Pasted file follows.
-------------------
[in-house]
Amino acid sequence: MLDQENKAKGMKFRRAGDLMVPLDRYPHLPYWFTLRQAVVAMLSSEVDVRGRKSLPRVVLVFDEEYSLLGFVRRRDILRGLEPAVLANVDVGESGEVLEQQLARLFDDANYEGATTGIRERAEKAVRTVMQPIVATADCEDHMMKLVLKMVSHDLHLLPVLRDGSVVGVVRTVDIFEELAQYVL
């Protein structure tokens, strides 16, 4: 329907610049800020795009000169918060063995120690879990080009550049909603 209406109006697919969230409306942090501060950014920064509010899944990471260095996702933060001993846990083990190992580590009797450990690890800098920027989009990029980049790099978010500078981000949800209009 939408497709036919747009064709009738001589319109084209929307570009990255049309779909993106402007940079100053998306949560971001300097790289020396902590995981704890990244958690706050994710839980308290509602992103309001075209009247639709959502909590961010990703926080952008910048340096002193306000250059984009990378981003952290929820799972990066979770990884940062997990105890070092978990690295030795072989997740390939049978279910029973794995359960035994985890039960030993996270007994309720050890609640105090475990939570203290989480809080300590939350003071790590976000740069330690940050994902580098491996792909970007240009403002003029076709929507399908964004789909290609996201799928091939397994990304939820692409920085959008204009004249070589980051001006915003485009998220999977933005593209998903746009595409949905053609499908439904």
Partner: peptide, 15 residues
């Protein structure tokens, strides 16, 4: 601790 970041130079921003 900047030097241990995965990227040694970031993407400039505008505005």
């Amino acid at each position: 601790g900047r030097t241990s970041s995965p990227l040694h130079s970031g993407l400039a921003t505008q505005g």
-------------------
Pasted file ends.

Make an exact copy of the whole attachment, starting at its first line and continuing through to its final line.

[in-house]
Amino acid sequence: MLDQENKAKGMKFRRAGDLMVPLDRYPHLPYWFTLRQAVVAMLSSEVDVRGRKSLPRVVLVFDEEYSLLGFVRRRDILRGLEPAVLANVDVGESGEVLEQQLARLFDDANYEGATTGIRERAEKAVRTVMQPIVATADCEDHMMKLVLKMVSHDLHLLPVLRDGSVVGVVRTVDIFEELAQYVL
């Protein structure tokens, strides 16, 4: 329907610049800020795009000169918060063995120690879990080009550049909603 209406109006697919969230409306942090501060950014920064509010899944990471260095996702933060001993846990083990190992580590009797450990690890800098920027989009990029980049790099978010500078981000949800209009 939408497709036919747009064709009738001589319109084209929307570009990255049309779909993106402007940079100053998306949560971001300097790289020396902590995981704890990244958690706050994710839980308290509602992103309001075209009247639709959502909590961010990703926080952008910048340096002193306000250059984009990378981003952290929820799972990066979770990884940062997990105890070092978990690295030795072989997740390939049978279910029973794995359960035994985890039960030993996270007994309720050890609640105090475990939570203290989480809080300590939350003071790590976000740069330690940050994902580098491996792909970007240009403002003029076709929507399908964004789909290609996201799928091939397994990304939820692409920085959008204009004249070589980051001006915003485009998220999977933005593209998903746009595409949905053609499908439904």
Partner: peptide, 15 residues
């Protein structure tokens, strides 16, 4: 601790 970041130079921003 900047030097241990995965990227040694970031993407400039505008505005």
């Amino acid at each position: 601790g900047r030097t241990s970041s995965p990227l040694h130079s970031g993407l400039a921003t505008q505005g």